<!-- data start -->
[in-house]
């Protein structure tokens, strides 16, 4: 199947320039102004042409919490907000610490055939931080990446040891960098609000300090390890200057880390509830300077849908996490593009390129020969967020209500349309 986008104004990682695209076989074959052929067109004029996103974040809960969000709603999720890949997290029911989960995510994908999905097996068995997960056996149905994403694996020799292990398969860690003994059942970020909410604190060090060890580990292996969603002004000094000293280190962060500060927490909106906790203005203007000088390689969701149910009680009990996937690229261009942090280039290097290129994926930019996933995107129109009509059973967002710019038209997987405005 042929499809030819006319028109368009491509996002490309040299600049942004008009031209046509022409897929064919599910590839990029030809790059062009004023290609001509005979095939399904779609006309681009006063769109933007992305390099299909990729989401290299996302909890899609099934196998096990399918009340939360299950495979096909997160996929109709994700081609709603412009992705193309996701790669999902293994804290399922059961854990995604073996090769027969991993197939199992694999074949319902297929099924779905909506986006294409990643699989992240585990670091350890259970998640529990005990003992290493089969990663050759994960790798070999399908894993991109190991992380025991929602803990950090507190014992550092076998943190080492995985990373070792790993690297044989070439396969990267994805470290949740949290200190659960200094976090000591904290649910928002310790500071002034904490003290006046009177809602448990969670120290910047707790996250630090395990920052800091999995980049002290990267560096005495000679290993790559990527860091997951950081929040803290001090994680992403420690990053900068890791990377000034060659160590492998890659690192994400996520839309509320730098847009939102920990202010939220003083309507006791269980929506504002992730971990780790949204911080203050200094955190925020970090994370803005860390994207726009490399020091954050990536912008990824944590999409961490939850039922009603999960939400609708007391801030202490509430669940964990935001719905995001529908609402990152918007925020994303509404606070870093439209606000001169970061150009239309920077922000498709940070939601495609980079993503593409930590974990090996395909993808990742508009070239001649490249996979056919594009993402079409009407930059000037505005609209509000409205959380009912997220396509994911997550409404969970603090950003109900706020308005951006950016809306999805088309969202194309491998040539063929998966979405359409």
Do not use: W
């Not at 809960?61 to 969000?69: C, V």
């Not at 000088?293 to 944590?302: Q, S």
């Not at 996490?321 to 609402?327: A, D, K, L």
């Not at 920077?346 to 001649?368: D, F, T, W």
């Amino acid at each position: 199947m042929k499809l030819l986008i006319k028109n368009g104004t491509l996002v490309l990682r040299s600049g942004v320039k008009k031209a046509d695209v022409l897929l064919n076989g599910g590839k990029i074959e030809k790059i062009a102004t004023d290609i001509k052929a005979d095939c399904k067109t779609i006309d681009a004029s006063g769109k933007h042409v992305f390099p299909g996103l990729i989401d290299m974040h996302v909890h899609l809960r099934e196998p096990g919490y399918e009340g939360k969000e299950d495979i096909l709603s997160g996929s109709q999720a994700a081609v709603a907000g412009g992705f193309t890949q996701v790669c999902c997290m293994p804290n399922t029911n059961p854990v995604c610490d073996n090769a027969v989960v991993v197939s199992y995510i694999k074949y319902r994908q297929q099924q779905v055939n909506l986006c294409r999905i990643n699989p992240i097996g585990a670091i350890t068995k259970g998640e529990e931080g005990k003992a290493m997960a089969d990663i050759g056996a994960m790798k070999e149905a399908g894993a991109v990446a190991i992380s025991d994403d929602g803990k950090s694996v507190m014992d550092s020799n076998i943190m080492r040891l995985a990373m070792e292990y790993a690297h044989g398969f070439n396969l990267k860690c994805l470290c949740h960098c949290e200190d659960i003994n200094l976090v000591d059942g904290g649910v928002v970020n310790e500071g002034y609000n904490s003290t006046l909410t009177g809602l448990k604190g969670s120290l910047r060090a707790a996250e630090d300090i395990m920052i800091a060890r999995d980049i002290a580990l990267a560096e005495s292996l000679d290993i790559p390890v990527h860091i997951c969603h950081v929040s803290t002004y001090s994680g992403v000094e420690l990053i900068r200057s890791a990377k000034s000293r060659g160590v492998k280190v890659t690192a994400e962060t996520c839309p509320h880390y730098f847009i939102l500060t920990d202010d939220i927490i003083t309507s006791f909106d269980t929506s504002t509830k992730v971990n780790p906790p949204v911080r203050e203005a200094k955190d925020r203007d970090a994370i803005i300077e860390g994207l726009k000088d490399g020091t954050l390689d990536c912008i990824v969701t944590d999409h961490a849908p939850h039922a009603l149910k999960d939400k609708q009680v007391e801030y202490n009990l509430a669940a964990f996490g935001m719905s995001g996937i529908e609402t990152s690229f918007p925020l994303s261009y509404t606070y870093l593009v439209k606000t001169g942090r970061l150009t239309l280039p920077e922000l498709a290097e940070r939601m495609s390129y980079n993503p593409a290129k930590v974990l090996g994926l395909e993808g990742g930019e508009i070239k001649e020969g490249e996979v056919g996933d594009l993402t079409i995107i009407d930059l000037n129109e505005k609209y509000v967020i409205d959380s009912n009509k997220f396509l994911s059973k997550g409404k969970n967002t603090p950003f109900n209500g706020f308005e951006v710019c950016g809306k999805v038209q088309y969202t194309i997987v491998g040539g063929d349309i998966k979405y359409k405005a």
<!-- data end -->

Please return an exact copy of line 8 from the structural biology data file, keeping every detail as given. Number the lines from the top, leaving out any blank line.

């Amino acid at each position: 199947m042929k499809l030819l986008i006319k028109n368009g104004t491509l996002v490309l990682r040299s600049g942004v320039k008009k031209a046509d695209v022409l897929l064919n076989g599910g590839k990029i074959e030809k790059i062009a102004t004023d290609i001509k052929a005979d095939c399904k067109t779609i006309d681009a004029s006063g769109k933007h042409v992305f390099p299909g996103l990729i989401d290299m974040h996302v909890h899609l809960r099934e196998p096990g919490y399918e009340g939360k969000e299950d495979i096909l709603s997160g996929s109709q999720a994700a081609v709603a907000g412009g992705f193309t890949q996701v790669c999902c997290m293994p804290n399922t029911n059961p854990v995604c610490d073996n090769a027969v989960v991993v197939s199992y995510i694999k074949y319902r994908q297929q099924q779905v055939n909506l986006c294409r999905i990643n699989p992240i097996g585990a670091i350890t068995k259970g998640e529990e931080g005990k003992a290493m997960a089969d990663i050759g056996a994960m790798k070999e149905a399908g894993a991109v990446a190991i992380s025991d994403d929602g803990k950090s694996v507190m014992d550092s020799n076998i943190m080492r040891l995985a990373m070792e292990y790993a690297h044989g398969f070439n396969l990267k860690c994805l470290c949740h960098c949290e200190d659960i003994n200094l976090v000591d059942g904290g649910v928002v970020n310790e500071g002034y609000n904490s003290t006046l909410t009177g809602l448990k604190g969670s120290l910047r060090a707790a996250e630090d300090i395990m920052i800091a060890r999995d980049i002290a580990l990267a560096e005495s292996l000679d290993i790559p390890v990527h860091i997951c969603h950081v929040s803290t002004y001090s994680g992403v000094e420690l990053i900068r200057s890791a990377k000034s000293r060659g160590v492998k280190v890659t690192a994400e962060t996520c839309p509320h880390y730098f847009i939102l500060t920990d202010d939220i927490i003083t309507s006791f909106d269980t929506s504002t509830k992730v971990n780790p906790p949204v911080r203050e203005a200094k955190d925020r203007d970090a994370i803005i300077e860390g994207l726009k000088d490399g020091t954050l390689d990536c912008i990824v969701t944590d999409h961490a849908p939850h039922a009603l149910k999960d939400k609708q009680v007391e801030y202490n009990l509430a669940a964990f996490g935001m719905s995001g996937i529908e609402t990152s690229f918007p925020l994303s261009y509404t606070y870093l593009v439209k606000t001169g942090r970061l150009t239309l280039p920077e922000l498709a290097e940070r939601m495609s390129y980079n993503p593409a290129k930590v974990l090996g994926l395909e993808g990742g930019e508009i070239k001649e020969g490249e996979v056919g996933d594009l993402t079409i995107i009407d930059l000037n129109e505005k609209y509000v967020i409205d959380s009912n009509k997220f396509l994911s059973k997550g409404k969970n967002t603090p950003f109900n209500g706020f308005e951006v710019c950016g809306k999805v038209q088309y969202t194309i997987v491998g040539g063929d349309i998966k979405y359409k405005a």